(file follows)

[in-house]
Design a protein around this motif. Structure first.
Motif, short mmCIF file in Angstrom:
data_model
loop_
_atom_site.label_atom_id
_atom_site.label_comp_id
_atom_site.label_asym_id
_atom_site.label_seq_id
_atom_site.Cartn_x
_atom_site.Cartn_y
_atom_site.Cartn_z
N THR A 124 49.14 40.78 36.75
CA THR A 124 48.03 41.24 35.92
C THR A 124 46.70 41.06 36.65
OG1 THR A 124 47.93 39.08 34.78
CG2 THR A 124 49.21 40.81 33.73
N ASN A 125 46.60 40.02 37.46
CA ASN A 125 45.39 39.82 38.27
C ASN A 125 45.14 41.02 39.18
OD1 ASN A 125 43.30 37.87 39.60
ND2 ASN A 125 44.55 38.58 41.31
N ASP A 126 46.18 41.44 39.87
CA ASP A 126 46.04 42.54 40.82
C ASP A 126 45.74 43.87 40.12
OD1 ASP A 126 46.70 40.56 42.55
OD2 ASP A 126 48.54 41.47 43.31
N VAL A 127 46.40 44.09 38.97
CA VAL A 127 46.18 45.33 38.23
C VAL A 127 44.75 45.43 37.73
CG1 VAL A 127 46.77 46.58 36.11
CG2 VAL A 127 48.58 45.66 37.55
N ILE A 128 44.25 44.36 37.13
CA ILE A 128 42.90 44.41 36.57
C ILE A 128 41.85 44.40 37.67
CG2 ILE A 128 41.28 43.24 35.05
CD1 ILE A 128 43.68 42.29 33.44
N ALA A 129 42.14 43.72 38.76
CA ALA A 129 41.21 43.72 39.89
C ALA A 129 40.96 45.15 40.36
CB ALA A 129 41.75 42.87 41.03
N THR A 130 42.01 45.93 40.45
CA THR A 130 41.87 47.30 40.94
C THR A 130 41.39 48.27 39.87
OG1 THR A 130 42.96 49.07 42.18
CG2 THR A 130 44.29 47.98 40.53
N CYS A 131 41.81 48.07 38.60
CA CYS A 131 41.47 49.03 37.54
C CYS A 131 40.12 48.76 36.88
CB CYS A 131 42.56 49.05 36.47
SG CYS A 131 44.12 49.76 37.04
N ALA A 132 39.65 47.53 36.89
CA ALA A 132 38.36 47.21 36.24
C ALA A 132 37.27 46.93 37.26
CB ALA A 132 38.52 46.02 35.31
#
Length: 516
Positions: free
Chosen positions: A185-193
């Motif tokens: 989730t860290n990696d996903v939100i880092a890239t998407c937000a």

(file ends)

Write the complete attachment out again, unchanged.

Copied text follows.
[in-house]
Design a protein around this motif. Structure first.
Motif, short mmCIF file in Angstrom:
data_model
loop_
_atom_site.label_atom_id
_atom_site.label_comp_id
_atom_site.label_asym_id
_atom_site.label_seq_id
_atom_site.Cartn_x
_atom_site.Cartn_y
_atom_site.Cartn_z
N THR A 124 49.14 40.78 36.75
CA THR A 124 48.03 41.24 35.92
C THR A 124 46.70 41.06 36.65
OG1 THR A 124 47.93 39.08 34.78
CG2 THR A 124 49.21 40.81 33.73
N ASN A 125 46.60 40.02 37.46
CA ASN A 125 45.39 39.82 38.27
C ASN A 125 45.14 41.02 39.18
OD1 ASN A 125 43.30 37.87 39.60
ND2 ASN A 125 44.55 38.58 41.31
N ASP A 126 46.18 41.44 39.87
CA ASP A 126 46.04 42.54 40.82
C ASP A 126 45.74 43.87 40.12
OD1 ASP A 126 46.70 40.56 42.55
OD2 ASP A 126 48.54 41.47 43.31
N VAL A 127 46.40 44.09 38.97
CA VAL A 127 46.18 45.33 38.23
C VAL A 127 44.75 45.43 37.73
CG1 VAL A 127 46.77 46.58 36.11
CG2 VAL A 127 48.58 45.66 37.55
N ILE A 128 44.25 44.36 37.13
CA ILE A 128 42.90 44.41 36.57
C ILE A 128 41.85 44.40 37.67
CG2 ILE A 128 41.28 43.24 35.05
CD1 ILE A 128 43.68 42.29 33.44
N ALA A 129 42.14 43.72 38.76
CA ALA A 129 41.21 43.72 39.89
C ALA A 129 40.96 45.15 40.36
CB ALA A 129 41.75 42.87 41.03
N THR A 130 42.01 45.93 40.45
CA THR A 130 41.87 47.30 40.94
C THR A 130 41.39 48.27 39.87
OG1 THR A 130 42.96 49.07 42.18
CG2 THR A 130 44.29 47.98 40.53
N CYS A 131 41.81 48.07 38.60
CA CYS A 131 41.47 49.03 37.54
C CYS A 131 40.12 48.76 36.88
CB CYS A 131 42.56 49.05 36.47
SG CYS A 131 44.12 49.76 37.04
N ALA A 132 39.65 47.53 36.89
CA ALA A 132 38.36 47.21 36.24
C ALA A 132 37.27 46.93 37.26
CB ALA A 132 38.52 46.02 35.31
#
Length: 516
Positions: free
Chosen positions: A185-193
């Motif tokens: 989730t860290n990696d996903v939100i880092a890239t998407c937000a």